British studio James Gorst Architects designed a non-denominational temple complex that is marked by timber-framed pavilions in rural Hampshire, UK. The timber-framed pavilions are connected by cloistered walkways. Nestled in the village of Rake within the South Downs National Park, the temple was created for some quiet contemplation, and to build a spiritual connection with the landscape.
Designer: James Gorst Architects
White Eagle Lodge commissioned the James Gorst Architects for the project. The White Eagle Lodge is a non-denominational multi-faith spiritual organization. They wanted a building that is defined by “peace and simplicity”, and focuses heavily on sustainability. The structure includes a rotunda temple, prayer chapels, a library, and a meeting space arranged around a courtyard garden.
“Our aim was to create a balance between the landscape, building, and interiors, to form one coherent and harmonious design, exploring the relationship of the architecture to the spiritual context,” said James Gorst Architects associate Steve Wilkinson. The temple includes a series of orthogonal pavilions that are connected via a cloistered walkway. The various rooms have been arranged to build a smooth progression between secular and ritual spaces, with the entrance foyer in the east, and the main temple space in the west.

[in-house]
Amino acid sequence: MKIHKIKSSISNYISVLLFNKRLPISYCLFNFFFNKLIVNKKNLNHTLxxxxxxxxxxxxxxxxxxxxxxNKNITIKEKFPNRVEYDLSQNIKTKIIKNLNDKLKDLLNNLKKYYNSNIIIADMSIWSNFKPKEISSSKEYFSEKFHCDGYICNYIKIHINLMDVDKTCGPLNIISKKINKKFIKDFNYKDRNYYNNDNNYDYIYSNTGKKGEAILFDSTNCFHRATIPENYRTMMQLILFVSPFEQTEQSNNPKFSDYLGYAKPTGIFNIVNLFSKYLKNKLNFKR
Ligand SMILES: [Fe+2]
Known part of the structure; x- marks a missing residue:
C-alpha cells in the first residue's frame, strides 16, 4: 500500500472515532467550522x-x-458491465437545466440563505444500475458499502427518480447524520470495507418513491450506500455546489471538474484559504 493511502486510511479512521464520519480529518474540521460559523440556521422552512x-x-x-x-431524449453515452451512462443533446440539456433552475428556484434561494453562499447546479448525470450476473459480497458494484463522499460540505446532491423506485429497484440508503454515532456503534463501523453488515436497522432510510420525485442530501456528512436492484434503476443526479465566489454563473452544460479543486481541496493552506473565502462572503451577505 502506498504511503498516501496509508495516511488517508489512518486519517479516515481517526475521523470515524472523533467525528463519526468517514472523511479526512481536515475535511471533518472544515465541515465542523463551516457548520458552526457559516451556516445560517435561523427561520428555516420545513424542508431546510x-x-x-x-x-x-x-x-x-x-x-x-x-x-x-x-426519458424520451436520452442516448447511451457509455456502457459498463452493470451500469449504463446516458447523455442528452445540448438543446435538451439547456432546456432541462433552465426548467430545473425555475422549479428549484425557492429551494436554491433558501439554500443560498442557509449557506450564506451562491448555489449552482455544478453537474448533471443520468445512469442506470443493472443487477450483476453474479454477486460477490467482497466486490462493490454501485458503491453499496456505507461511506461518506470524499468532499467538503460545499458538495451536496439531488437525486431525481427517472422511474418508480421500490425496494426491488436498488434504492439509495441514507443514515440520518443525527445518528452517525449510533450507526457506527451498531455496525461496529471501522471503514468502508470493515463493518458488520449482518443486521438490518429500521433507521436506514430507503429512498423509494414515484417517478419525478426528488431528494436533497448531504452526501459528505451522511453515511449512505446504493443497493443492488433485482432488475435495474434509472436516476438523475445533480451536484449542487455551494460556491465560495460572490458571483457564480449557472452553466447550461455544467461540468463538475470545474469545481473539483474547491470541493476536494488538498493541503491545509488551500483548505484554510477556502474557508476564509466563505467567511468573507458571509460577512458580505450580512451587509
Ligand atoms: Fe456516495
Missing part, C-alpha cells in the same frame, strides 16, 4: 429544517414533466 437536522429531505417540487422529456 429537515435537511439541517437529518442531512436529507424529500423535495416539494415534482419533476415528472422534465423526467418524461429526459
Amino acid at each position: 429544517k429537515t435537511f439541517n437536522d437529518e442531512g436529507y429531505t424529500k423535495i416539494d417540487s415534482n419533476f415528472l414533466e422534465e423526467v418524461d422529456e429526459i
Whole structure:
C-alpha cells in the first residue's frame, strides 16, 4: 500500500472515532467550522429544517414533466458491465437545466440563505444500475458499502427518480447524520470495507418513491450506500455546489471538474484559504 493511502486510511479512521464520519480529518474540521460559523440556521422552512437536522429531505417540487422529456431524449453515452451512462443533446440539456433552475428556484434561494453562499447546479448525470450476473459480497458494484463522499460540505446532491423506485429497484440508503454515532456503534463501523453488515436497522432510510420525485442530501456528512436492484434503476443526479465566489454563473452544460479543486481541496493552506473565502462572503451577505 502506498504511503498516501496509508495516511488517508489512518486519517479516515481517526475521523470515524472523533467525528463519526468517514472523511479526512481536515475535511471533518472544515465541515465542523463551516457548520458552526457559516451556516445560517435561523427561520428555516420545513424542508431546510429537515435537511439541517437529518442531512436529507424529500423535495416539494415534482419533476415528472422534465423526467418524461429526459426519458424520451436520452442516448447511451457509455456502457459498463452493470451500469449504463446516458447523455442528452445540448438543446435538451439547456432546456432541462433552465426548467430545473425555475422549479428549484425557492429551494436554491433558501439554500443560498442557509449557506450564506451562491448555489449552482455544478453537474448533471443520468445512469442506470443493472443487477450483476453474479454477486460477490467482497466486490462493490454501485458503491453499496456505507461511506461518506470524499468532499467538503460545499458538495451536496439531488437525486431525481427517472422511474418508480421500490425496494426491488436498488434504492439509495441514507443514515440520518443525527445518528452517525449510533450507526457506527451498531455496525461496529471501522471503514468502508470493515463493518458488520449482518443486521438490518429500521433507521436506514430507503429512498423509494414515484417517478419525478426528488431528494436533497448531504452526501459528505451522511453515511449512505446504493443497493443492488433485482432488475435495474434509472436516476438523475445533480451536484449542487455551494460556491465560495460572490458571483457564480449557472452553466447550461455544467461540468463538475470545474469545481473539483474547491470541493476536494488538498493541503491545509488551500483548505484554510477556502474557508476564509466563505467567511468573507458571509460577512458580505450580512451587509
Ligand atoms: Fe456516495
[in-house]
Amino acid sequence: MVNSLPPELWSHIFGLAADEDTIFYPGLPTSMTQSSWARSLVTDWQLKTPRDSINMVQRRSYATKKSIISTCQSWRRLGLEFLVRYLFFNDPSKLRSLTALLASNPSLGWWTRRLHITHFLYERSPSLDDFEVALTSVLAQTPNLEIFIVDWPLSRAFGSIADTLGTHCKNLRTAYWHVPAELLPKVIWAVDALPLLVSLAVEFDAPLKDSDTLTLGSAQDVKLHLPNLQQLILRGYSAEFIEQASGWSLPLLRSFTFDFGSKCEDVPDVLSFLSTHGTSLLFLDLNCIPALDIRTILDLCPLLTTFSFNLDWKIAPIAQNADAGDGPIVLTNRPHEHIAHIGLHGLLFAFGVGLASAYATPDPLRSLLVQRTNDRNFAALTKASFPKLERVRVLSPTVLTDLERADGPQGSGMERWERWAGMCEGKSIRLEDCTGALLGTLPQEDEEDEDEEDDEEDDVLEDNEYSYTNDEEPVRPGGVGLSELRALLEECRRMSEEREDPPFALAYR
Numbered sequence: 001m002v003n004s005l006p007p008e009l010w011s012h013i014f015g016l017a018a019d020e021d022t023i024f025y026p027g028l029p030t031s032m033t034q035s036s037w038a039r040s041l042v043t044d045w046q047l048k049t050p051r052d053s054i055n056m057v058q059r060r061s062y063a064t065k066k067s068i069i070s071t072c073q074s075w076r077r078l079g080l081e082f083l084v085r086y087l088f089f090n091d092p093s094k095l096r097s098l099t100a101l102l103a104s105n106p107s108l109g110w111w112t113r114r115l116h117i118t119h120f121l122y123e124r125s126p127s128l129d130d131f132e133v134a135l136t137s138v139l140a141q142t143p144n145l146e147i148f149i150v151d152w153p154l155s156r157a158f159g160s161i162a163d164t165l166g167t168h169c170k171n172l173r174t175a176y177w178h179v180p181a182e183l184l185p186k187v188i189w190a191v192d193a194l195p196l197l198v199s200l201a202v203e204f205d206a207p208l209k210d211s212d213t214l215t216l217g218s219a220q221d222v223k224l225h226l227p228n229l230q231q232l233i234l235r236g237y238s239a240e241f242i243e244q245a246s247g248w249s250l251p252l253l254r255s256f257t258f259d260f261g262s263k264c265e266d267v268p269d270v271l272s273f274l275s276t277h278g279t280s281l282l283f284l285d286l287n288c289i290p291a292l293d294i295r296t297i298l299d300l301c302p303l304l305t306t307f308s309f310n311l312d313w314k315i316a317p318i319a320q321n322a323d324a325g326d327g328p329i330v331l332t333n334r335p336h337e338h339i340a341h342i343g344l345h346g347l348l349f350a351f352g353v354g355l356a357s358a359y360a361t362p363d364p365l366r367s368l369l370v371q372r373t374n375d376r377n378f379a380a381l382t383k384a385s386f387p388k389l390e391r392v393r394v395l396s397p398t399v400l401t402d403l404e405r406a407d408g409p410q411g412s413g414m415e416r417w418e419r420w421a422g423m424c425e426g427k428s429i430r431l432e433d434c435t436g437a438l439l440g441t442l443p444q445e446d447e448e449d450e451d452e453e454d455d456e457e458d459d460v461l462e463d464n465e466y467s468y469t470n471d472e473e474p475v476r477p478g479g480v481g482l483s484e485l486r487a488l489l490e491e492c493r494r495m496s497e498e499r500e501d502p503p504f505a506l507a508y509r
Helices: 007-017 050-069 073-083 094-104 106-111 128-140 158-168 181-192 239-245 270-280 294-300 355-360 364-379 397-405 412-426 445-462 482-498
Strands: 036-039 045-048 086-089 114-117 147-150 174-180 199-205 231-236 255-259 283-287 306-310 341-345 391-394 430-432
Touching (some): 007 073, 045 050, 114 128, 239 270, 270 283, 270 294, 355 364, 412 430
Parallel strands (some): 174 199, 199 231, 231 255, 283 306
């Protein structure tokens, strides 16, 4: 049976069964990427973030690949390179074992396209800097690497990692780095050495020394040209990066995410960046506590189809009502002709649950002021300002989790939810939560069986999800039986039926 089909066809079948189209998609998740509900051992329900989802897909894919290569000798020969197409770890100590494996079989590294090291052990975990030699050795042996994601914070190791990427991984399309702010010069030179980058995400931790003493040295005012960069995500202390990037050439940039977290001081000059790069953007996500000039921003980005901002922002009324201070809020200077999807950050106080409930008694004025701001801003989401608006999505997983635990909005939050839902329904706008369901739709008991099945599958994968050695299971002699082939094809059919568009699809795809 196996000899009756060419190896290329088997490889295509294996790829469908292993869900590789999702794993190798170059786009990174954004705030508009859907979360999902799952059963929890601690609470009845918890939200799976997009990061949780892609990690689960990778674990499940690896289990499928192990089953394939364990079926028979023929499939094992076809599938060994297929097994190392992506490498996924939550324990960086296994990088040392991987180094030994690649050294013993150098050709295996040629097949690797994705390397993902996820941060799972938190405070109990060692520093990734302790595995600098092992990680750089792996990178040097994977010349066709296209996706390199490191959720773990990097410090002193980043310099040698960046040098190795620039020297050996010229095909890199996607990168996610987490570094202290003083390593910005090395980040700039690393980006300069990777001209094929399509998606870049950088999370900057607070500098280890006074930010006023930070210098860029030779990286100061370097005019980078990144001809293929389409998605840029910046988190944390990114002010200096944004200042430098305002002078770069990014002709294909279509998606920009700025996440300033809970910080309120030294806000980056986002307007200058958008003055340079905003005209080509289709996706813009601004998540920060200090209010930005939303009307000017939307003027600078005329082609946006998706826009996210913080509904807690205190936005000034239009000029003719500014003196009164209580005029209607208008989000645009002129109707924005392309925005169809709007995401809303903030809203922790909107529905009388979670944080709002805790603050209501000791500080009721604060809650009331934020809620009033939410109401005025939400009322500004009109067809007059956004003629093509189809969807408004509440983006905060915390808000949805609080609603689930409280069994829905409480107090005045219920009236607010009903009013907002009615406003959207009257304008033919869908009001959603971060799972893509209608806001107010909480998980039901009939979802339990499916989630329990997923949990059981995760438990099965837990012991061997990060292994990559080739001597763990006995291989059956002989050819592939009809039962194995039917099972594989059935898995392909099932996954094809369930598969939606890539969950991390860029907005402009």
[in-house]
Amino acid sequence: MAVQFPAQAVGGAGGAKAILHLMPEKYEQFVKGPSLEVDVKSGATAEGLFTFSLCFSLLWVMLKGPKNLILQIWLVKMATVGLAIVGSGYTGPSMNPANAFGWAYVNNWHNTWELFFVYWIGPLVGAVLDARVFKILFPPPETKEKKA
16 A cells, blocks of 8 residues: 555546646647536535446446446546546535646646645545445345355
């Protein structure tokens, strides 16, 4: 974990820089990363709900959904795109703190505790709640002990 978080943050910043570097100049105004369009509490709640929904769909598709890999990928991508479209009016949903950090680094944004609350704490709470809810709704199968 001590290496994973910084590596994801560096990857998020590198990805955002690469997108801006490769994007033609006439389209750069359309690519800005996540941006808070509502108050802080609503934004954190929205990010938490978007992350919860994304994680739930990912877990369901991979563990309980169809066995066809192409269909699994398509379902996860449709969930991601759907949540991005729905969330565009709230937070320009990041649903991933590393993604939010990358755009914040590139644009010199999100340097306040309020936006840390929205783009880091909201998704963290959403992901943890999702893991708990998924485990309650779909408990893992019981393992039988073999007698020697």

The heart of the entire structure is the Rotunda temple. It has multiple entrances facing the north, south, west, and east, in an effort to welcome visitors of all faiths, and from all corners of the world. The double-height space features a pendentive – a vaulted constructional device that enables the dome to be placed over the square plan. Clerestory windows run through the upper story of the temple, allowing natural light to pour in from all sides. The internal walls have been provided an exposed dogtooth brick finishing, amped with bespoke ash joinery.
Outside, the architects teamed up with landscape architects McWilliam Studio to create a series of gardens and two reflection pools at the east entrance of the temple. “[The] reflection pools animate the east facade and offer a moment of pause and meditation, while the central courtyard is sized to mirror the internal footprint of the temple,” the studio said.